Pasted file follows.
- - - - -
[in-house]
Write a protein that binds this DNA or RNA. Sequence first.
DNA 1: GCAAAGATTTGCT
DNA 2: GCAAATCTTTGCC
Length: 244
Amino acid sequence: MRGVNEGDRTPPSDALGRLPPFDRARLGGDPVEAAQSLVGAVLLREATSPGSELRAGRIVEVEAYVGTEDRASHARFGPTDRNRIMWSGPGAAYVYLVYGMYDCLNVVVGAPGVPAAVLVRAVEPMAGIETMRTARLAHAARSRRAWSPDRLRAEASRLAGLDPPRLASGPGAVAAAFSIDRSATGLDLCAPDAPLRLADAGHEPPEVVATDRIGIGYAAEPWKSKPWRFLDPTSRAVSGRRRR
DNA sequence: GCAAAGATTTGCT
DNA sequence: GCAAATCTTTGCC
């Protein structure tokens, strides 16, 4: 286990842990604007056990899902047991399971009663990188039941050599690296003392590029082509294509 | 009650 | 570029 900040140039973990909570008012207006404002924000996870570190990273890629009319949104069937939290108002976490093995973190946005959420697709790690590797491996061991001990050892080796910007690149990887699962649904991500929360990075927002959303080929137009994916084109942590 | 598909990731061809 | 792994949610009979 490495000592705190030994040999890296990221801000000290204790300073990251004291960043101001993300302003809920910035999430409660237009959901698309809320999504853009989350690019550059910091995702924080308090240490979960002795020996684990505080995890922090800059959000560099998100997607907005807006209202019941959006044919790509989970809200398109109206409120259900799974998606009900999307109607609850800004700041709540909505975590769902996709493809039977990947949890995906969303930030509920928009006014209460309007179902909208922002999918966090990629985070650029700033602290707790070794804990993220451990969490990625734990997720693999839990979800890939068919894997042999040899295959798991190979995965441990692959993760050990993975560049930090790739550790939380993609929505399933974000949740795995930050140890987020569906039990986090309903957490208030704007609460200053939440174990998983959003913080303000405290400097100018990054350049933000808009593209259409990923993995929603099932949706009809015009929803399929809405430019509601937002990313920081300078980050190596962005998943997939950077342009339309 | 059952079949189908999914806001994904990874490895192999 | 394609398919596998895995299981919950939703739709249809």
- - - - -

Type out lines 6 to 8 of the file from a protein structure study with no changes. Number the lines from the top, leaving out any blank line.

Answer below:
Amino acid sequence: MRGVNEGDRTPPSDALGRLPPFDRARLGGDPVEAAQSLVGAVLLREATSPGSELRAGRIVEVEAYVGTEDRASHARFGPTDRNRIMWSGPGAAYVYLVYGMYDCLNVVVGAPGVPAAVLVRAVEPMAGIETMRTARLAHAARSRRAWSPDRLRAEASRLAGLDPPRLASGPGAVAAAFSIDRSATGLDLCAPDAPLRLADAGHEPPEVVATDRIGIGYAAEPWKSKPWRFLDPTSRAVSGRRRR
DNA sequence: GCAAAGATTTGCT
DNA sequence: GCAAATCTTTGCC